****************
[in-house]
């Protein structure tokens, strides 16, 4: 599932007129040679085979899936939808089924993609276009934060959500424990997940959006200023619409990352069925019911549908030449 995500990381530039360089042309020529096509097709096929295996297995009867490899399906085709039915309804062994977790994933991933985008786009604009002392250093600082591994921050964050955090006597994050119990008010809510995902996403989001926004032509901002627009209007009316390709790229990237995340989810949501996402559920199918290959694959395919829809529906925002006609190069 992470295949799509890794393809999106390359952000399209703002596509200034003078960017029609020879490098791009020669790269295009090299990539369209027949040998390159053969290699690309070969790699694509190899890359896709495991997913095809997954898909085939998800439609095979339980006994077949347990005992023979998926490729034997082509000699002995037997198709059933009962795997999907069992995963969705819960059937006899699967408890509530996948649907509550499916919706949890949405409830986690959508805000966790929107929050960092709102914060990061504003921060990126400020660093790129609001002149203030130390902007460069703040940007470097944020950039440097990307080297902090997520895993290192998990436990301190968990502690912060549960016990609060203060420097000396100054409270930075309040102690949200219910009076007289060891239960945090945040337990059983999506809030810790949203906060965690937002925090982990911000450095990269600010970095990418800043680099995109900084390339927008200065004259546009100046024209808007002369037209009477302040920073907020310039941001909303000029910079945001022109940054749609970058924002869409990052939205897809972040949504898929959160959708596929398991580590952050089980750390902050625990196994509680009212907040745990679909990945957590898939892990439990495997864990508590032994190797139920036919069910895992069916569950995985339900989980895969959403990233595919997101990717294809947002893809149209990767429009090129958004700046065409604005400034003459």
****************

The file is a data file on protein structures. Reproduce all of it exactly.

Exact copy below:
[in-house]
């Protein structure tokens, strides 16, 4: 599932007129040679085979899936939808089924993609276009934060959500424990997940959006200023619409990352069925019911549908030449 995500990381530039360089042309020529096509097709096929295996297995009867490899399906085709039915309804062994977790994933991933985008786009604009002392250093600082591994921050964050955090006597994050119990008010809510995902996403989001926004032509901002627009209007009316390709790229990237995340989810949501996402559920199918290959694959395919829809529906925002006609190069 992470295949799509890794393809999106390359952000399209703002596509200034003078960017029609020879490098791009020669790269295009090299990539369209027949040998390159053969290699690309070969790699694509190899890359896709495991997913095809997954898909085939998800439609095979339980006994077949347990005992023979998926490729034997082509000699002995037997198709059933009962795997999907069992995963969705819960059937006899699967408890509530996948649907509550499916919706949890949405409830986690959508805000966790929107929050960092709102914060990061504003921060990126400020660093790129609001002149203030130390902007460069703040940007470097944020950039440097990307080297902090997520895993290192998990436990301190968990502690912060549960016990609060203060420097000396100054409270930075309040102690949200219910009076007289060891239960945090945040337990059983999506809030810790949203906060965690937002925090982990911000450095990269600010970095990418800043680099995109900084390339927008200065004259546009100046024209808007002369037209009477302040920073907020310039941001909303000029910079945001022109940054749609970058924002869409990052939205897809972040949504898929959160959708596929398991580590952050089980750390902050625990196994509680009212907040745990679909990945957590898939892990439990495997864990508590032994190797139920036919069910895992069916569950995985339900989980895969959403990233595919997101990717294809947002893809149209990767429009090129958004700046065409604005400034003459």